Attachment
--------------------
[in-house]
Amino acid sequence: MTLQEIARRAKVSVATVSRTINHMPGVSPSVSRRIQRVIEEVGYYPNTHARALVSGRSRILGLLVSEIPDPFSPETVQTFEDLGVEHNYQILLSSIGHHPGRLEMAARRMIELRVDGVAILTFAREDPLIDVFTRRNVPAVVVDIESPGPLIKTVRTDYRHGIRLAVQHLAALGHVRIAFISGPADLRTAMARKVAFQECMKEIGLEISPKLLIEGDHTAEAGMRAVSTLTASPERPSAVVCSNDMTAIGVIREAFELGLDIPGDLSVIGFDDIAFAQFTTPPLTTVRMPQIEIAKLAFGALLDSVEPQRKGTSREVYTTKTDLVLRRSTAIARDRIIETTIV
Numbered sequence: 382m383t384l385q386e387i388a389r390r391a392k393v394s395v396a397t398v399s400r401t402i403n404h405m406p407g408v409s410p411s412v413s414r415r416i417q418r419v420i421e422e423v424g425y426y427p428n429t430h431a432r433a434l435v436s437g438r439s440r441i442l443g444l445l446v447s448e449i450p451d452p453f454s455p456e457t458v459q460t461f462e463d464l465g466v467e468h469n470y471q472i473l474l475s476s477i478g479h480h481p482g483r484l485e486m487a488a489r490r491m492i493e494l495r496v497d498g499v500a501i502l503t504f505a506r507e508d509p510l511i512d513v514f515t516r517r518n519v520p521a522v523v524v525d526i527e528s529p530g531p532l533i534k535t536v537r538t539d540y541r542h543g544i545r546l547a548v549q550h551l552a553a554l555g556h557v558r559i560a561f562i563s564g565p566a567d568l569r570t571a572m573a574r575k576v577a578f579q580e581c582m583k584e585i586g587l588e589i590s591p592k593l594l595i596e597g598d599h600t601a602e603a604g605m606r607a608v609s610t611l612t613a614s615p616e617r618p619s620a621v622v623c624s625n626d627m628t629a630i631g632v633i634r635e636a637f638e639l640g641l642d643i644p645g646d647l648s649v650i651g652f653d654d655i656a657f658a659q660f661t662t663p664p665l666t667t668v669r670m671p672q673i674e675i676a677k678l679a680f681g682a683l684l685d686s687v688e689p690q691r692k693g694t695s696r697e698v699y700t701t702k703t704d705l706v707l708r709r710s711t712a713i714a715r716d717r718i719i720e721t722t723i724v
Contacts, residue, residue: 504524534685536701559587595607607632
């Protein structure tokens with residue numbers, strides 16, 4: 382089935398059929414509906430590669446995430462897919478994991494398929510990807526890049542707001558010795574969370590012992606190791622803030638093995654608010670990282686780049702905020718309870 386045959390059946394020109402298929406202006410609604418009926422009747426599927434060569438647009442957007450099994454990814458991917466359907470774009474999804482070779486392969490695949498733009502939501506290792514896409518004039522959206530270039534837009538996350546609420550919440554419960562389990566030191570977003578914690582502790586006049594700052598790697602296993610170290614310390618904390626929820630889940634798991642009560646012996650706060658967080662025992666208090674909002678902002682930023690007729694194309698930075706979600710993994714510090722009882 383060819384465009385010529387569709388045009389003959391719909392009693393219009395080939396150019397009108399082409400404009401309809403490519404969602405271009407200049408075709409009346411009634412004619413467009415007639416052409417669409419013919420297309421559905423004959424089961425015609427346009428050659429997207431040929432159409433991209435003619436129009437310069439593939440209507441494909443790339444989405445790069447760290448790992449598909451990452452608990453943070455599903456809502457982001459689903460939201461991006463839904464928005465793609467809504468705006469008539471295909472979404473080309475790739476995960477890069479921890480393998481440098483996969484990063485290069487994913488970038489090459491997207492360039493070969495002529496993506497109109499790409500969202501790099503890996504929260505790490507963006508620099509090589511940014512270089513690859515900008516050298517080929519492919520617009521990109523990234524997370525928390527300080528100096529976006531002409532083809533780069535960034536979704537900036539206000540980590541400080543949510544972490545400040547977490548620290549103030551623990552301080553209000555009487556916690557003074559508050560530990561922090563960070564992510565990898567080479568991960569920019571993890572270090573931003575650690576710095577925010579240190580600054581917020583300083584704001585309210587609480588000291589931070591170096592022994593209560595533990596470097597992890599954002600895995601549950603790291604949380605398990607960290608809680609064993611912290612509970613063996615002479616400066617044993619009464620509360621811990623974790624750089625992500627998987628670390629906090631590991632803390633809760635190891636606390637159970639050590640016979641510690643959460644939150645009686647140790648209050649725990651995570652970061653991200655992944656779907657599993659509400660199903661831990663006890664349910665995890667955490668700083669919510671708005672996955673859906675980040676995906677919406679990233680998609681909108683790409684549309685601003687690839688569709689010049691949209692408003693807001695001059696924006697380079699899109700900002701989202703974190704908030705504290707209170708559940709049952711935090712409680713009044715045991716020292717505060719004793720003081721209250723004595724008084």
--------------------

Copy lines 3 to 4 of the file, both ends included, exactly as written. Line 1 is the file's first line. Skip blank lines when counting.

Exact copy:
Numbered sequence: 382m383t384l385q386e387i388a389r390r391a392k393v394s395v396a397t398v399s400r401t402i403n404h405m406p407g408v409s410p411s412v413s414r415r416i417q418r419v420i421e422e423v424g425y426y427p428n429t430h431a432r433a434l435v436s437g438r439s440r441i442l443g444l445l446v447s448e449i450p451d452p453f454s455p456e457t458v459q460t461f462e463d464l465g466v467e468h469n470y471q472i473l474l475s476s477i478g479h480h481p482g483r484l485e486m487a488a489r490r491m492i493e494l495r496v497d498g499v500a501i502l503t504f505a506r507e508d509p510l511i512d513v514f515t516r517r518n519v520p521a522v523v524v525d526i527e528s529p530g531p532l533i534k535t536v537r538t539d540y541r542h543g544i545r546l547a548v549q550h551l552a553a554l555g556h557v558r559i560a561f562i563s564g565p566a567d568l569r570t571a572m573a574r575k576v577a578f579q580e581c582m583k584e585i586g587l588e589i590s591p592k593l594l595i596e597g598d599h600t601a602e603a604g605m606r607a608v609s610t611l612t613a614s615p616e617r618p619s620a621v622v623c624s625n626d627m628t629a630i631g632v633i634r635e636a637f638e639l640g641l642d643i644p645g646d647l648s649v650i651g652f653d654d655i656a657f658a659q660f661t662t663p664p665l666t667t668v669r670m671p672q673i674e675i676a677k678l679a680f681g682a683l684l685d686s687v688e689p690q691r692k693g694t695s696r697e698v699y700t701t702k703t704d705l706v707l708r709r710s711t712a713i714a715r716d717r718i719i720e721t722t723i724v
Contacts, residue, residue: 504524534685536701559587595607607632